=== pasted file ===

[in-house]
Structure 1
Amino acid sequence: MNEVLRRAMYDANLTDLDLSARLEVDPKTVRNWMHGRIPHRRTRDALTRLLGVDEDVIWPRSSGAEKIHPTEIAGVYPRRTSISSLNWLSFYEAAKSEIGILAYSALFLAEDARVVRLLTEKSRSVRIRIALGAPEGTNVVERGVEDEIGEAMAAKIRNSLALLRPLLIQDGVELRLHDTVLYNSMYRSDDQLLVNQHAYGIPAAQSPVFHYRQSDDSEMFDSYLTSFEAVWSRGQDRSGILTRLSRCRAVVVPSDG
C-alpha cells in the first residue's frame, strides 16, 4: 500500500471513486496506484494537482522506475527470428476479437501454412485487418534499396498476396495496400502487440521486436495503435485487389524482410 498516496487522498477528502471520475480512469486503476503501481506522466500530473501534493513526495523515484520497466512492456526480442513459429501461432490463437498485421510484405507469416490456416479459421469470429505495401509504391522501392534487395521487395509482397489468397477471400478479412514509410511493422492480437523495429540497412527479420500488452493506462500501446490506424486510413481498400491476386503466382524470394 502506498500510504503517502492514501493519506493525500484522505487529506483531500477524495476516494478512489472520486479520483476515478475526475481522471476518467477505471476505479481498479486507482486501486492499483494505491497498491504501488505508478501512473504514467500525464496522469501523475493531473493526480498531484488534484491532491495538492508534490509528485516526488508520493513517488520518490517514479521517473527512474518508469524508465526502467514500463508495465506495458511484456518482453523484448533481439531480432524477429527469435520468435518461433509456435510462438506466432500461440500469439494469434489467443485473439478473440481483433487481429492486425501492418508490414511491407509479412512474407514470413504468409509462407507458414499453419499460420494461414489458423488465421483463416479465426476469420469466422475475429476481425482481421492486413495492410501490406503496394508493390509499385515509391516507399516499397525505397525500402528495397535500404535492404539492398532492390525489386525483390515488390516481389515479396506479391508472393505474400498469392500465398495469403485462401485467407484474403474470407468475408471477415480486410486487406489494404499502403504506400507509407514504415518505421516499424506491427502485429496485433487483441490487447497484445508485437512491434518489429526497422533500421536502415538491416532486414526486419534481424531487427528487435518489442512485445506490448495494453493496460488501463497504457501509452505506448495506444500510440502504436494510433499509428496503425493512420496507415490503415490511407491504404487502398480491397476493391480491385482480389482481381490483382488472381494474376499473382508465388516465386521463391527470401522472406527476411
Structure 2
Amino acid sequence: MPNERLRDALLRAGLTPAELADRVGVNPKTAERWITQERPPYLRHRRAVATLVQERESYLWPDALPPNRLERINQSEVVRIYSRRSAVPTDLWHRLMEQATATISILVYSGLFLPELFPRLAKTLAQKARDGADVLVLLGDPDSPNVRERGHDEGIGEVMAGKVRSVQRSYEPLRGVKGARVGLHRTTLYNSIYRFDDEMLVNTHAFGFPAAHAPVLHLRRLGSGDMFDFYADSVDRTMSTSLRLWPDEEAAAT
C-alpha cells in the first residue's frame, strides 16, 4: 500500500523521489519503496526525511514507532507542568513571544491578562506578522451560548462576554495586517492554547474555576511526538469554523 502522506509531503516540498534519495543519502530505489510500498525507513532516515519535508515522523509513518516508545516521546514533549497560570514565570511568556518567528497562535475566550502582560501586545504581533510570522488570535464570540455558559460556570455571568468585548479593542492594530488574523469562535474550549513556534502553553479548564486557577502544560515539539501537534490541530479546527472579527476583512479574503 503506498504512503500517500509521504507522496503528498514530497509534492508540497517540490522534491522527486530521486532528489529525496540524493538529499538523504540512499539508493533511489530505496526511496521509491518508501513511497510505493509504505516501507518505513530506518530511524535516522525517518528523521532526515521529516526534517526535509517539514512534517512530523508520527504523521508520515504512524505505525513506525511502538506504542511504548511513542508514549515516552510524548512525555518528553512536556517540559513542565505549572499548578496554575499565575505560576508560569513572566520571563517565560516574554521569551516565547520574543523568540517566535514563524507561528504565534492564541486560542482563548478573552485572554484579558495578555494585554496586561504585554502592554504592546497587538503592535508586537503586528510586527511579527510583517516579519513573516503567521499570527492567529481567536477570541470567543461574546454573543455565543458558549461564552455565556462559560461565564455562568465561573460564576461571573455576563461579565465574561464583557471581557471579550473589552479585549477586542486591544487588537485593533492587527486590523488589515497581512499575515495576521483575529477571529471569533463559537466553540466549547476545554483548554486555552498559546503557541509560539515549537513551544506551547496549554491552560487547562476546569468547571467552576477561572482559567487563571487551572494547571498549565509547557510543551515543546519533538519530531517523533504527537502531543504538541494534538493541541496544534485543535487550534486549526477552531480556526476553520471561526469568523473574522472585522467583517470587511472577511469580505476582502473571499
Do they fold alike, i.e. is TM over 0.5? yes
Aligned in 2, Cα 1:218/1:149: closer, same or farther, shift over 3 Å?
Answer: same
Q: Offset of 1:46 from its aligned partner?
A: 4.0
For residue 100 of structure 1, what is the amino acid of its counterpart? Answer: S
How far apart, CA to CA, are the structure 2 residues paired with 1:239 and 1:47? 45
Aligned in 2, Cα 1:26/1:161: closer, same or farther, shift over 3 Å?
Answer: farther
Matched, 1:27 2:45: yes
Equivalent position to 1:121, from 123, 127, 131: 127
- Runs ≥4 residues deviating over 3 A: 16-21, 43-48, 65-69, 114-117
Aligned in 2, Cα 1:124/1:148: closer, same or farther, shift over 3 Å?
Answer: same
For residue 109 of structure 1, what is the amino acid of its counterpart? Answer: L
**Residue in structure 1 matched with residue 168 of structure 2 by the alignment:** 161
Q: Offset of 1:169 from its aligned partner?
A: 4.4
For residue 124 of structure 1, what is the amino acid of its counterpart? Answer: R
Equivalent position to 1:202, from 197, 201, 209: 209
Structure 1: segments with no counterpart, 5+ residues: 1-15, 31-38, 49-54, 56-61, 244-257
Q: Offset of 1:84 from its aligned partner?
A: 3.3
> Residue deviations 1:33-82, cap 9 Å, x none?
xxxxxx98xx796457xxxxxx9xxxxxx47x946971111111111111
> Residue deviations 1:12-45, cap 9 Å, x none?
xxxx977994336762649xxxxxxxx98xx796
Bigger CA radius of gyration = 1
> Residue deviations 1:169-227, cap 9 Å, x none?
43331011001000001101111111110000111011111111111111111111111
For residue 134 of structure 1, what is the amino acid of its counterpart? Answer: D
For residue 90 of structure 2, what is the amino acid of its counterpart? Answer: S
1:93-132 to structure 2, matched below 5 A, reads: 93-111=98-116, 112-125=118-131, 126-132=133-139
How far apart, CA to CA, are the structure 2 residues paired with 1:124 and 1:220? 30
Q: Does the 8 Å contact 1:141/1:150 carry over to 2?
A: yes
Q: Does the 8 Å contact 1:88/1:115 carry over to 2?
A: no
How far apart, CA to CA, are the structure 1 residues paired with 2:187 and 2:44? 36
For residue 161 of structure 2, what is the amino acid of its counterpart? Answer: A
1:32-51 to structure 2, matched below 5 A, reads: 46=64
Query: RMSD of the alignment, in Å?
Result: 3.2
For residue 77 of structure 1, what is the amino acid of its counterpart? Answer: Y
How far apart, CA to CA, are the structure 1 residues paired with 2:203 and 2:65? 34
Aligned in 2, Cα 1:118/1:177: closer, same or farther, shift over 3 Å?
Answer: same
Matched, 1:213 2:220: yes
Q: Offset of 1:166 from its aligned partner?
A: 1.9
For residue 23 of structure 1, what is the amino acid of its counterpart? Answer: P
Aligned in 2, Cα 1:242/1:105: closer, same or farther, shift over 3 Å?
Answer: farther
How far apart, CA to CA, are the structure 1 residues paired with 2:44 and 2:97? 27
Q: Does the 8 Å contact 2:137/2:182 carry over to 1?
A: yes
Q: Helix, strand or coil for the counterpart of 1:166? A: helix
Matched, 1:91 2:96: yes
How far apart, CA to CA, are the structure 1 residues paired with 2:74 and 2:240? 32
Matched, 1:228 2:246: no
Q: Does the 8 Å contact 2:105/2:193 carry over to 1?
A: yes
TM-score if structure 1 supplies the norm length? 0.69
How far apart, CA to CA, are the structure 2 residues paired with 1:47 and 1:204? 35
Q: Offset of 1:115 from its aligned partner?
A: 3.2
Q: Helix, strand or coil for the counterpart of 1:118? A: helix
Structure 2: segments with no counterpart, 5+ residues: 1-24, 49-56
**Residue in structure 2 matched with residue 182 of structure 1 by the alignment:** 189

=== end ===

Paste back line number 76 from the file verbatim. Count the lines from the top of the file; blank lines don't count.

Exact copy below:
**Residue in structure 2 matched with residue 182 of structure 1 by the alignment:** 189